2. Treatment conditions (interventions)
  3. Number of participants randomized to each study arm
  4. Treatment dose and/or session length
  5. Frequency of treatment
  6. Duration of treatment
  7. Definition of treatment completion and/or adherence
  8. Proportion of participants who completed and/or adhered to treatment
  9. Mean number of psychotherapy sessions completed or dose of pharmacotherapy
  10. Intervention type (PTSD-only, SUD-only, PTSD+SUD, PTSD+other, Control)

Outcomes

  1. Primary PTSD outcome measure
  2. Method for handling missing data for primary PTSD outcome measure
  3. Analysis type of primary PTSD outcome measure (ITT, completer)
  4. Statistical analysis method for primary PTSD outcome
  5. Assessment time point(s) for primary PTSD outcome
  6. Number of participants who completed the primary PTSD outcome assessment 
  7. Results for primary PTSD outcome (measure score and within-group effect size)
  8. Between-group effect size for primary PTSD outcome 
  9. Proportion of participants who achieved study-defined PTSD diagnostic change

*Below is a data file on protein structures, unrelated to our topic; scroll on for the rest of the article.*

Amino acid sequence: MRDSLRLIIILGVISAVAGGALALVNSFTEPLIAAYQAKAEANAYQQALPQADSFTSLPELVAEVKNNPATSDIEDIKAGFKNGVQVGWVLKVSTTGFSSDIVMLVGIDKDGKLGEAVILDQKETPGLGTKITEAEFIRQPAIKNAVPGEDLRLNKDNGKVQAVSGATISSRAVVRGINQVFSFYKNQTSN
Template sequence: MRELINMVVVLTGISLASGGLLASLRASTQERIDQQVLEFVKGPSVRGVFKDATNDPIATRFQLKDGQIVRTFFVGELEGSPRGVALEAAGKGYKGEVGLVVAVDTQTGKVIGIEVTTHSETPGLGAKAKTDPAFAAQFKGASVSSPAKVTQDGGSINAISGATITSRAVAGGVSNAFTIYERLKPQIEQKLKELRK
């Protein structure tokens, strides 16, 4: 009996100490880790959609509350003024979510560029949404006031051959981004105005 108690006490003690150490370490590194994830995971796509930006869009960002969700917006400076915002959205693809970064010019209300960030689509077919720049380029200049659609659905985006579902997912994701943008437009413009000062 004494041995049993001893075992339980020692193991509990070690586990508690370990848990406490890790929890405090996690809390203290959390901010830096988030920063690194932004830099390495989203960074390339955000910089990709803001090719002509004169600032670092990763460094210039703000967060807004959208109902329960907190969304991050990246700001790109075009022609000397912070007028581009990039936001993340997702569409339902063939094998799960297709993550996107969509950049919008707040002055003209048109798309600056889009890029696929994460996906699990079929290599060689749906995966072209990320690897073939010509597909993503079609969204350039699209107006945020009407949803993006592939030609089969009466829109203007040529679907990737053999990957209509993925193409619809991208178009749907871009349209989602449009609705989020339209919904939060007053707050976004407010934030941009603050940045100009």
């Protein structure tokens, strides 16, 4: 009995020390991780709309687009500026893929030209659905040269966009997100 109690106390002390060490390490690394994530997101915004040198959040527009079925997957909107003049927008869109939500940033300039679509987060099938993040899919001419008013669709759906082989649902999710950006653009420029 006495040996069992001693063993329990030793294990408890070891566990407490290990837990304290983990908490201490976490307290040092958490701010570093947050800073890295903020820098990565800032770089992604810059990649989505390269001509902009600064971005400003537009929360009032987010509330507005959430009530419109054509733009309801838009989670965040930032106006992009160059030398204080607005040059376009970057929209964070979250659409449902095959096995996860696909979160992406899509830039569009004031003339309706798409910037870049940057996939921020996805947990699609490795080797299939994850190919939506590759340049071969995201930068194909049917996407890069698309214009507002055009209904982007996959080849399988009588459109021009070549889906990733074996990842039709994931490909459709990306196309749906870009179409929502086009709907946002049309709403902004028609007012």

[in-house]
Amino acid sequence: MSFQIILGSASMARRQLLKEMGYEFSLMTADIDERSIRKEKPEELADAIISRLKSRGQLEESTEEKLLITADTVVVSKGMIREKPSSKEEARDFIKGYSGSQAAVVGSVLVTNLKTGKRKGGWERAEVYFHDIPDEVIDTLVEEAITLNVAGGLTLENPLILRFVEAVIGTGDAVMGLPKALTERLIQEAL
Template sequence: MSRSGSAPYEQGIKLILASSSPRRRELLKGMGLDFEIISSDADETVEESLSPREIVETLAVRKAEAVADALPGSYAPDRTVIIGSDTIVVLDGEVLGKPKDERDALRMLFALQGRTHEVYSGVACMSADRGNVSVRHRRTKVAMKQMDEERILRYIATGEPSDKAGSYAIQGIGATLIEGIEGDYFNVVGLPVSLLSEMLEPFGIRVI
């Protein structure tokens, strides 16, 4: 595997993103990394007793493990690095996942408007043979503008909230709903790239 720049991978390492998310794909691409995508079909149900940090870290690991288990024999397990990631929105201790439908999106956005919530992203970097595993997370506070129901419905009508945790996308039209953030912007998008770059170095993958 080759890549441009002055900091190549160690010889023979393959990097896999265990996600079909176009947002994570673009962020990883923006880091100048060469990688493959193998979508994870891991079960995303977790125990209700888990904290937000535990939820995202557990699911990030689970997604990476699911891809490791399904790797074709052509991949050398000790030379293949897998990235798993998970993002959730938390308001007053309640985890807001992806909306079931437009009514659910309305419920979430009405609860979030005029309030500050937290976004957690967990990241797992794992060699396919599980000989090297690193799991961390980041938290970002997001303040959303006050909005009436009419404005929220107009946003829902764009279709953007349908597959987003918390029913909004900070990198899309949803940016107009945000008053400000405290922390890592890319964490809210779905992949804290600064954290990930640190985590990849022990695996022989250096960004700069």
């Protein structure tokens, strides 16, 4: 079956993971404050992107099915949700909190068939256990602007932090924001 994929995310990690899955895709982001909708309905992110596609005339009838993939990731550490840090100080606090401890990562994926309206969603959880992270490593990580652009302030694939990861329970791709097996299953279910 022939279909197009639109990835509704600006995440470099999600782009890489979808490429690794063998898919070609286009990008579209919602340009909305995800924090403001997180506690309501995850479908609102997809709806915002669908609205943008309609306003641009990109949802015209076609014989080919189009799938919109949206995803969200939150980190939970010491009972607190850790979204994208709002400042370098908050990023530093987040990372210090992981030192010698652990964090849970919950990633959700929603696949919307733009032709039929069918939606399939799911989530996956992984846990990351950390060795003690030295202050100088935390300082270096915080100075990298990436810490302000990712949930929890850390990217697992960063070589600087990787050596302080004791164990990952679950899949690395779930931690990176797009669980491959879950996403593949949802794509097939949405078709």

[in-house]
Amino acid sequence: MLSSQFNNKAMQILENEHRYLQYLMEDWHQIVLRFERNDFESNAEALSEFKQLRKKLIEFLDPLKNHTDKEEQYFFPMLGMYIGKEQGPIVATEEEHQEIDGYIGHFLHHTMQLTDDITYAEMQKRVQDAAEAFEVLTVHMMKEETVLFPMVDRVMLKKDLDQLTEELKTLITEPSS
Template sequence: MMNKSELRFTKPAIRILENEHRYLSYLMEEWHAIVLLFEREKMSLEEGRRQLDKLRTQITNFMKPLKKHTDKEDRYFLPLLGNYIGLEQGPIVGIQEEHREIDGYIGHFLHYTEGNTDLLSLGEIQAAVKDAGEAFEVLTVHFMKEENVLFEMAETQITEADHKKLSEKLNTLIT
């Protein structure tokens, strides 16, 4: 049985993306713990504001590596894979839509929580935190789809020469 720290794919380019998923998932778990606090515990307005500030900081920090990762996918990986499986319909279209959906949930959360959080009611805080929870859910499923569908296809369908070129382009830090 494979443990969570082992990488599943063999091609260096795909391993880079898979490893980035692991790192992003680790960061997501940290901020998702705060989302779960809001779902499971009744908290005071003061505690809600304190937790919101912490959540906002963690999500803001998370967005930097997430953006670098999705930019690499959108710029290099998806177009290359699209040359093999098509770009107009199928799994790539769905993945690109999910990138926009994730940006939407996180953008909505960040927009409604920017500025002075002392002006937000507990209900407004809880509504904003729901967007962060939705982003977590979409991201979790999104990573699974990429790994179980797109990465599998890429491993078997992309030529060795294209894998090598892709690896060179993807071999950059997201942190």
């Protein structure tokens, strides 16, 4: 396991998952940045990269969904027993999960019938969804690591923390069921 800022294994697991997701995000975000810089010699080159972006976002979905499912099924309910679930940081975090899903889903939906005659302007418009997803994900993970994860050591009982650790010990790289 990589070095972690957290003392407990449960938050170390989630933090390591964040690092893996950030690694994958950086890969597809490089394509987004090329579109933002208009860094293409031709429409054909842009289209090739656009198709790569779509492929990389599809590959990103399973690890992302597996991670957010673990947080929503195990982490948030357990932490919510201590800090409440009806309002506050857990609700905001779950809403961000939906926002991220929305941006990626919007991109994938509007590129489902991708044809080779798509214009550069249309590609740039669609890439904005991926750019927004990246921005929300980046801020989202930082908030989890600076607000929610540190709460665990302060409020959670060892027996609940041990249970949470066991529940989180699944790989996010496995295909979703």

10. Proportion of participants who achieved study-defined clinically meaningful change 
  11. Results for other PTSD outcome measure(s) for studies that used a clinician-administered measure abstracted as primary PTSD outcome measure
  12. Between-group effect sizes for all reported depression outcomes
  13. Between-group effect sizes for all reported anxiety outcomes
  14. Between-group effect sizes for all reported sleep outcomes
  15. Between-group effect sizes for all reported anger outcomes
  16. Between-group effect sizes for all reported quality of life outcomes
  17. Between-group effect sizes for all reported functioning outcomes
  18. Results for all reported substance use outcomes
  19. Results for all suicide- or self-directed violence-related outcomes
  20. Harms outcomes (withdrawals due to adverse events, serious adverse events)

Appendix C. Comparative Effectiveness Review No. 207 Risk of Bias Assessment Elements

  1. Was randomization adequate?
  2. Was allocation concealment adequate?
  3. Were groups similar at baseline?
  4. Were outcome assessors masked?
  5. Were care providers masked?
  6. Were patients masked?
  7. Was overall attrition 20% or higher?
  8. Was differential attrition 15% or higher?
  9. Did the study use intention-to-treat analysis?
  10. Did the study use adequate methods for handling missing data?
  11. Were outcome measures equal, valid, and reliable?
  12. Did study report adequate treatment fidelity (therapist adherence) based on measurement by independent raters?